How State Lotteries Impact Local Infrastructure

The upsides and downsides of state lottery programs.

Read Time: 5 minutes

October 17, 2018, 10:00 AM PDT

By Kayla Matthews @KaylaEMatthews

Arizona Powerball

designs by Jack / Shutterstock

When most people buy lottery tickets, they just hope they'll get lucky. They aren't thinking about where their money goes after it gets used to buy lottery tickets.

However, most U.S. states have lotteries, and the funds they generate help support local infrastructure. Without those funds, the roads and bridges in many states would likely be in even worse shape than they are now.

The Lottery Industry Gives Recipients Millions in Revenue

In Massachusetts, one of the places in the U.S. with a lottery program that helps communities, the profits from tickets sold are impressively high. During the 2017 fiscal year, Massachusetts sold $5.29 billion worth of tickets — a record. Also, lottery revenues are $58 million higher now than in 2016.

Also, Massachusetts' program to help communities — which resulted in over 350 getting more than $1 billion in net profits for the 2017 fiscal year — doesn't dictate how recipients must spend the funds, giving them the freedom to put the funds toward things like hiring more firefighters and improving the condition of wastewater treatment plants.

The funds get distributed based on population numbers and median home values. Lawrence, a community north of Boston, will receive $20 million from the program. Other communities expect less this fiscal year but will still receive amounts in the millions.

Lottery Programs Address Pressing Infrastructure Shortcomings

Lotteries also provide infrastructure boosts that would not otherwise be possible without such support. For example, Mississippi governor Phil Bryant fought hard to establish a lottery in his state. He asserted that it would generate approximately $200 million per year for infrastructure.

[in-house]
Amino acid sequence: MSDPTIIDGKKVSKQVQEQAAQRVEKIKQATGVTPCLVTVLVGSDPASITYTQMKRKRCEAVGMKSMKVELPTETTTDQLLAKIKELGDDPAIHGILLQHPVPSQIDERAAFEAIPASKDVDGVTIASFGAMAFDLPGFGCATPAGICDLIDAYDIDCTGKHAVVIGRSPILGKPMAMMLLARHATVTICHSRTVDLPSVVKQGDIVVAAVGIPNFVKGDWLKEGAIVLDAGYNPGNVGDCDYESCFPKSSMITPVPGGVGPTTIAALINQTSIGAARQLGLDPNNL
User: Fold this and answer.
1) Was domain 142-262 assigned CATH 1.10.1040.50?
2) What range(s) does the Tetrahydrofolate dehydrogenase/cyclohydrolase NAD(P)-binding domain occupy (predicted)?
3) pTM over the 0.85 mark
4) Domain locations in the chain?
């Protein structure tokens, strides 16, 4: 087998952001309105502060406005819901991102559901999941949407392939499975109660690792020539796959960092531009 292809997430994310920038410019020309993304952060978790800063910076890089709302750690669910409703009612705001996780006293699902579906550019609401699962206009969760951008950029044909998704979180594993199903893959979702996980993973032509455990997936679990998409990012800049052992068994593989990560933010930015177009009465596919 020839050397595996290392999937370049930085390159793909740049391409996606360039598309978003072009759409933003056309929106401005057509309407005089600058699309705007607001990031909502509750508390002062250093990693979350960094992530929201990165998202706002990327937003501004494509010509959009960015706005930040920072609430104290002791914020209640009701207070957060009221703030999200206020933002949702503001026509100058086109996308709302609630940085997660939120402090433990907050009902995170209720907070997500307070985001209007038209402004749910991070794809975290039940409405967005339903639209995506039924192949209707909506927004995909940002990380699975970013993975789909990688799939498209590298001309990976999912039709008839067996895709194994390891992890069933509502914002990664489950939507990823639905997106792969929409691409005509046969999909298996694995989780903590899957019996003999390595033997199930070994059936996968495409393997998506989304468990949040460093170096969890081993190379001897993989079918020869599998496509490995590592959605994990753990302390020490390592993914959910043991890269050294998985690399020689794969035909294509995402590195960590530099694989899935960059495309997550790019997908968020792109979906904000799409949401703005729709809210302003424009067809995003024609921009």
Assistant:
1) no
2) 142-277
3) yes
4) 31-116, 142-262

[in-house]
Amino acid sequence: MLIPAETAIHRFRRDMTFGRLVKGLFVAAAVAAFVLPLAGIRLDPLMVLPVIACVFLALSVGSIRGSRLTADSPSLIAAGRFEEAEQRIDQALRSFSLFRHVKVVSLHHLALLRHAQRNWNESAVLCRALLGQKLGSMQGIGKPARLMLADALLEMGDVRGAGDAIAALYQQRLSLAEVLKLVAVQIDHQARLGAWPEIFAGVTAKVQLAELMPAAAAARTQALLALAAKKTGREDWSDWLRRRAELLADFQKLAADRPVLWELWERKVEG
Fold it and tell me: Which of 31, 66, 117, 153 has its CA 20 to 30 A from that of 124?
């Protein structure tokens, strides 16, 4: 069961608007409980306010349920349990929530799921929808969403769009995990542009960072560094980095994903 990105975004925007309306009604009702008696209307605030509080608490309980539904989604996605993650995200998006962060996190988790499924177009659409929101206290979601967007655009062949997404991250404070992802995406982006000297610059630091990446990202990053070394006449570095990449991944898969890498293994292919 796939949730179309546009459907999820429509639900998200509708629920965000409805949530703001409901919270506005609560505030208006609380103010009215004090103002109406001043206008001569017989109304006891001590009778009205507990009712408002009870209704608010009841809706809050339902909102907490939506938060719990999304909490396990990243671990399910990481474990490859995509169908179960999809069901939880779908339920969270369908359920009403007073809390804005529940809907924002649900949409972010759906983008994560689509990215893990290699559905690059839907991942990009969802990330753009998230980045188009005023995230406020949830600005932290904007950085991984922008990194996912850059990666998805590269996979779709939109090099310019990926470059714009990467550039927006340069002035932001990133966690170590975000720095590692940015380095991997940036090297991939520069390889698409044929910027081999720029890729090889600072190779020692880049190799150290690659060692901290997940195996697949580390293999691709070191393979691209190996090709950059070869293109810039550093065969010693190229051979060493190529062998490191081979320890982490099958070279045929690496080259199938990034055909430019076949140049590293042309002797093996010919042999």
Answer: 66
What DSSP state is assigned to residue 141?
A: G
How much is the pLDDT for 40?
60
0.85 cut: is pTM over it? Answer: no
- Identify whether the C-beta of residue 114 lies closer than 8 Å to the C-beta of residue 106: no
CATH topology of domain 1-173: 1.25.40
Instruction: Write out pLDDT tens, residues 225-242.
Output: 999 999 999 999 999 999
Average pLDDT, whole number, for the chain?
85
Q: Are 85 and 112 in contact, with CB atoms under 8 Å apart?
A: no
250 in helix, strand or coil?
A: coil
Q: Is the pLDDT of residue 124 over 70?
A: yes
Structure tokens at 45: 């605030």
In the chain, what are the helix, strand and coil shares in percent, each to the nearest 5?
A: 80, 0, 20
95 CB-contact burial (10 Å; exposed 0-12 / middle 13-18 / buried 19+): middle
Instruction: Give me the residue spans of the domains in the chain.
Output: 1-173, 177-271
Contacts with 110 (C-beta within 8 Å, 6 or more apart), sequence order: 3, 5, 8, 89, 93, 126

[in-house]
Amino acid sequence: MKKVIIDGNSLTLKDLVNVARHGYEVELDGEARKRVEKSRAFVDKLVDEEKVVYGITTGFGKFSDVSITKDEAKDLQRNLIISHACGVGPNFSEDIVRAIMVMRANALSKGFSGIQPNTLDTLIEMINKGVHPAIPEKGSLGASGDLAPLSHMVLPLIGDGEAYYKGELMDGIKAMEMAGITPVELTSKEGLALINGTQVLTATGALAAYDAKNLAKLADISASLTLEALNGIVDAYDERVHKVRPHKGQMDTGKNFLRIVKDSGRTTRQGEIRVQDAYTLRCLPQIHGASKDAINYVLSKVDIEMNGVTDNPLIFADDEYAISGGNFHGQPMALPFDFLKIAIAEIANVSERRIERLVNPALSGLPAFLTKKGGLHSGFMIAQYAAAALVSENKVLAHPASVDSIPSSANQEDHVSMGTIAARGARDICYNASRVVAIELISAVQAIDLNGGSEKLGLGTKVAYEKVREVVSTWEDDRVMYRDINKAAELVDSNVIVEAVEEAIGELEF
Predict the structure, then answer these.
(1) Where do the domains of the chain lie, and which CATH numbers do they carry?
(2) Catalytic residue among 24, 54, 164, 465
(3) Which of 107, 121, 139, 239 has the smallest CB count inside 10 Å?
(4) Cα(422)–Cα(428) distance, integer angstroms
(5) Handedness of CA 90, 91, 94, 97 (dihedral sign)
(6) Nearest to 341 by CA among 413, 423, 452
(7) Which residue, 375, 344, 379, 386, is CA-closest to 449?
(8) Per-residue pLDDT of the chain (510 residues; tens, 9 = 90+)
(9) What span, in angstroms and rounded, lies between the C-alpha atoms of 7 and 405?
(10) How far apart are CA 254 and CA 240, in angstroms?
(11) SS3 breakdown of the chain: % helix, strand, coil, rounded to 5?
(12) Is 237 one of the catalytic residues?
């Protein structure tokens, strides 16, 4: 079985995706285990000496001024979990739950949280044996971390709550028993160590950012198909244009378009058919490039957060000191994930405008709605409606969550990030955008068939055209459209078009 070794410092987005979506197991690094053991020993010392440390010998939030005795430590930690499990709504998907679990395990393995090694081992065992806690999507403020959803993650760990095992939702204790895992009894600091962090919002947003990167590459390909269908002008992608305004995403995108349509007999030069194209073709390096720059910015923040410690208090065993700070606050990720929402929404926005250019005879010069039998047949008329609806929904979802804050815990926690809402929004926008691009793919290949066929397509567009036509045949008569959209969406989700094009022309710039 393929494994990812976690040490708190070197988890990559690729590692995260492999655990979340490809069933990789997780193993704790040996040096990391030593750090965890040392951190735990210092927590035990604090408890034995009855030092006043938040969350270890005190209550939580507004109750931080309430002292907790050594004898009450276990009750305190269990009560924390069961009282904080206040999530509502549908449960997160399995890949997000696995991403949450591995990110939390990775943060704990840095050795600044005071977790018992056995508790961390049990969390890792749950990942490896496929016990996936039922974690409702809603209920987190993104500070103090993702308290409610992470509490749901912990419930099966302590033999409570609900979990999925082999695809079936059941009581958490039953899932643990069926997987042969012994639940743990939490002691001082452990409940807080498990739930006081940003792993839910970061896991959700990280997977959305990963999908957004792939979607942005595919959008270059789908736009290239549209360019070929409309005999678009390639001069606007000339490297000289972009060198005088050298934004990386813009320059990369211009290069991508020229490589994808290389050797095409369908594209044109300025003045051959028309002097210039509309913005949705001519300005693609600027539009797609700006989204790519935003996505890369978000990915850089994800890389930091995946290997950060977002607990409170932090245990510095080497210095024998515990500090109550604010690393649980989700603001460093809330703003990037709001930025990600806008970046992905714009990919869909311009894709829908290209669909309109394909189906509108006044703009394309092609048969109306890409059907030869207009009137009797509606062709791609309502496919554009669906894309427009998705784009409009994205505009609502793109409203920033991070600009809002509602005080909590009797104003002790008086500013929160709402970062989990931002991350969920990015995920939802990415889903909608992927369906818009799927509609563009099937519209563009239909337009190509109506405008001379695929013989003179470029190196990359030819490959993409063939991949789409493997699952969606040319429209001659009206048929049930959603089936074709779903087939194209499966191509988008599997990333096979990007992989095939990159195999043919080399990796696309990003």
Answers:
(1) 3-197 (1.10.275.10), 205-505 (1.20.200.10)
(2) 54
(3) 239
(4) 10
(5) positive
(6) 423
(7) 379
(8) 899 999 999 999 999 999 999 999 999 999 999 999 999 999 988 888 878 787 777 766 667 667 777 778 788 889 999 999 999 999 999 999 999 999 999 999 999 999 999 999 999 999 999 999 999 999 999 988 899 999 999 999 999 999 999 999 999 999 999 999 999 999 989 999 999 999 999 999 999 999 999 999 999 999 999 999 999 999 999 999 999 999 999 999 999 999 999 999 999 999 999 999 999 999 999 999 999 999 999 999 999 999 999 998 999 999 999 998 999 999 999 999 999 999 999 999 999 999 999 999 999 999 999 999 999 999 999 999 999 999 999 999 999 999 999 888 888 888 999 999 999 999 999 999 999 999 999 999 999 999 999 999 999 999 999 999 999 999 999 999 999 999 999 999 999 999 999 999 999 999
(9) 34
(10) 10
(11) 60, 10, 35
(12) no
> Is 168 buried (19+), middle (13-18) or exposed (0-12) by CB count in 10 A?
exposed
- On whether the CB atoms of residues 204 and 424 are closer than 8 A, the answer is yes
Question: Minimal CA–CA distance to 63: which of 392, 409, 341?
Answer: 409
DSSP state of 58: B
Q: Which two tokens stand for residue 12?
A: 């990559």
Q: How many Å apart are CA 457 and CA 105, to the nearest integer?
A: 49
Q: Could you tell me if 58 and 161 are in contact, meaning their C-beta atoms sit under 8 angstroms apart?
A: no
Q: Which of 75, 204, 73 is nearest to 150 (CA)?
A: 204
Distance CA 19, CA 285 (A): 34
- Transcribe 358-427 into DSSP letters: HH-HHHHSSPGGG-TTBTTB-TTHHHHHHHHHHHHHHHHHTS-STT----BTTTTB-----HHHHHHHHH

Also, during a press conference, Democratic House Minority Leader David Baria clarified that the state's infrastructure requires about $400 million to fix. So, the lottery wouldn't be a cure-all, but it would help.

Critics accused Bryant of trying to push the legislation through too quickly. On the last day of August in 2018, though, the bill got signed into law, thereby establishing the Mississippi Lottery Corporation, an organization run by a five-member board of directors.

Those people must work out the stipulations of selling tickets, including reaching out to retailers. It likely won't be possible to buy lottery tickets in the state until next year or the year after.

Some Lotteries Focus on Education

Although there are arguably positives associated with a lottery program like Massachusetts has — one that doesn't dictate how recipients must spend the funds — some people may prefer lottery programs that target one need.

Since 1999, all of the lottery revenues in Virginia and various other states go toward K-12 public education. Plus, the school divisions benefitting from the funding have nearly one-third of the amount given to do with what they wish. So far, Virginia's program has contributed more than $9 billion to the commonwealth's education system.

Moreover, many states have lottery scholarships. Although most are for children, there are some for adult learners too. The hope is that the funding could encourage people to stay in school when they might leave under other circumstances.